lowed by	any variables present in the file specified by
		       the env_file option (if any).  The contents of the
		       env_keep	and env_check lists, as	modified by global
		       Defaults	parameters in sudoers, are displayed when sudo
		       is run by root with the -V option.  If the secure_path
		       option is set, its value	will be	used for the PATH
		       environment variable.  This flag	is on by default.

     fast_glob	       Normally, sudo uses the glob(3) function	to do shell-
		       style globbing when matching path names.	 However,
		       since it	accesses the file system, glob(3) can take a
		       long time to complete for some patterns,	especially
		       when the	pattern	references a network file system that
		       is mounted on demand (auto mounted).  The fast_glob
		       option causes sudo to use the fnmatch(3)	function,
		       which does not access the file system to	do its match-
		       ing.  The disadvantage of fast_glob is that it is
		       unable to match relative	path names such	as ./ls	or
		       ../bin/ls.  This	has security implications when path
		       names that include globbing characters are used with
		       the negation operator, `!', as such rules can be	triv-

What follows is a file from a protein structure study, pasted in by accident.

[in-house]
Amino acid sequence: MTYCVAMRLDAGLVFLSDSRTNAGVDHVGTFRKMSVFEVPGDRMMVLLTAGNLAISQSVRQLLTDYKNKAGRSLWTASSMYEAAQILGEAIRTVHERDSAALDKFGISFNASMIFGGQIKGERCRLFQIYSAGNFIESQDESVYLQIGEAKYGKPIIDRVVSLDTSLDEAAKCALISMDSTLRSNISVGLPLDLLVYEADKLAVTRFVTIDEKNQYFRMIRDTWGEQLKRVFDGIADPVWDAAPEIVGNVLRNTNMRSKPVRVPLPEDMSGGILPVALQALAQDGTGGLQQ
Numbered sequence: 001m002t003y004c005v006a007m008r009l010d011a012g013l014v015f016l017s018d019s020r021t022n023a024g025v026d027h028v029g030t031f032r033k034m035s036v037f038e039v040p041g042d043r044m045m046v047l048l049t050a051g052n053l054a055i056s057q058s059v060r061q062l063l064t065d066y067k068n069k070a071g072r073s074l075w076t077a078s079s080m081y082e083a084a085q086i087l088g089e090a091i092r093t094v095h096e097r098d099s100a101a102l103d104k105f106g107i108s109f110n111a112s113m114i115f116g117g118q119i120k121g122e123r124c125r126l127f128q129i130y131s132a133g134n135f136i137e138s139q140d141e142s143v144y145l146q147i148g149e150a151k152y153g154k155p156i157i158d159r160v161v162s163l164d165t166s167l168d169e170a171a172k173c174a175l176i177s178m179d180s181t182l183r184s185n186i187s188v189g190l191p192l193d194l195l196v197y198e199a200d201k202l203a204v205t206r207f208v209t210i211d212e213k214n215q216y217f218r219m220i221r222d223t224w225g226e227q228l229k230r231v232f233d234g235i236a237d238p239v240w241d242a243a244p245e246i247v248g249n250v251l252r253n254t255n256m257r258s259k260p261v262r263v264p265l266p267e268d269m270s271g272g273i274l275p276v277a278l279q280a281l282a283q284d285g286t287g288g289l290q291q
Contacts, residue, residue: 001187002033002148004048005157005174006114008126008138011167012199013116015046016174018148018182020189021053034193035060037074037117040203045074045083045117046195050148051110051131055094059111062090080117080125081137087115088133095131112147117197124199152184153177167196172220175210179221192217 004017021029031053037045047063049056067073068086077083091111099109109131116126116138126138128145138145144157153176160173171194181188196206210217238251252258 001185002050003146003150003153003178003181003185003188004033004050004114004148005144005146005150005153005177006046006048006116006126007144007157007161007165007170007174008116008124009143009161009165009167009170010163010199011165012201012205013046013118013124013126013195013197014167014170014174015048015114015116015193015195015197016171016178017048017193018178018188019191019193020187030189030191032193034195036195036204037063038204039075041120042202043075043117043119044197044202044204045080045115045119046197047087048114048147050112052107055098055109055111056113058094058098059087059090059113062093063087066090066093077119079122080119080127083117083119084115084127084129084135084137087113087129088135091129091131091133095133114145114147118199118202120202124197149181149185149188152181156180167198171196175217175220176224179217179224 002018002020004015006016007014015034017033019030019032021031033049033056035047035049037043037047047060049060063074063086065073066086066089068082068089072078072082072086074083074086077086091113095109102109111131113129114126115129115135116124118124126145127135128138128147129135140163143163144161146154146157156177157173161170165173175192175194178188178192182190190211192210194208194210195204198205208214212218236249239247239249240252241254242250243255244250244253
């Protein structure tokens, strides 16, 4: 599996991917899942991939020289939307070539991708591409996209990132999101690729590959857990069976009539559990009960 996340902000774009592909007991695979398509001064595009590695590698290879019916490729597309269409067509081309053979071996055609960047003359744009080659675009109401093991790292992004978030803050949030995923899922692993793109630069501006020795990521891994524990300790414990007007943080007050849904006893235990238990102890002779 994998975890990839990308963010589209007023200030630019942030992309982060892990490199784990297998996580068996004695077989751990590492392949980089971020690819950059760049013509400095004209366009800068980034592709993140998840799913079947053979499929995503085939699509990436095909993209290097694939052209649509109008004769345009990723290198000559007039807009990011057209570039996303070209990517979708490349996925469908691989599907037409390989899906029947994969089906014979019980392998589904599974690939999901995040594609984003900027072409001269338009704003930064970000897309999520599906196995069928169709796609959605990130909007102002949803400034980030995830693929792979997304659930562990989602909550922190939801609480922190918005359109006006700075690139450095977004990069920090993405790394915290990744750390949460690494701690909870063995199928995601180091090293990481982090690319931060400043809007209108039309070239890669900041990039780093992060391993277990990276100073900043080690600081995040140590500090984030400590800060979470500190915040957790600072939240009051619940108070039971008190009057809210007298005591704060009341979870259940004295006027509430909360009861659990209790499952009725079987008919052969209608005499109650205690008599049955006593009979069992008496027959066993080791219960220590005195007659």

ially bypassed.	As such, this option should not	be
		       used when the sudoers file contains rules that contain
		       negated path names which	include	globbing characters.
		       This flag is off	by default.

     fqdn	       Set this	flag if	you want to put	fully qualified	host
		       names in	the sudoers file when the local	host name (as
		       returned	by the hostname	command) does not contain the
		       domain name.  In	other words, instead of	myhost you
		       would use myhost.mydomain.edu.  You may still use the
		       short form if you wish (and even	mix the	two).  This
		       option is only effective	when the ``canonical'' host
		       name, as	returned by the	getaddrinfo() or
		       gethostbyname() function, is a fully-qualified domain
		       name.  This is usually the case when the	system is con-
		       figured to use DNS for host name	resolution.

		       If the system is	configured to use the /etc/hosts file
		       in preference to	DNS, the ``canonical'' host name may
		       not be fully-qualified.	The order that sources are
		       queried for host	name resolution	is usually specified
		       in the /etc/nsswitch.conf, /etc/netsvc.conf,
		       /etc/host.conf, or, in some cases, /etc/resolv.conf
		       file.  In the /etc/hosts	file, the first	host name of
		       the entry is considered to be the ``canonical'' name;
		       subsequent names	are aliases that are not used by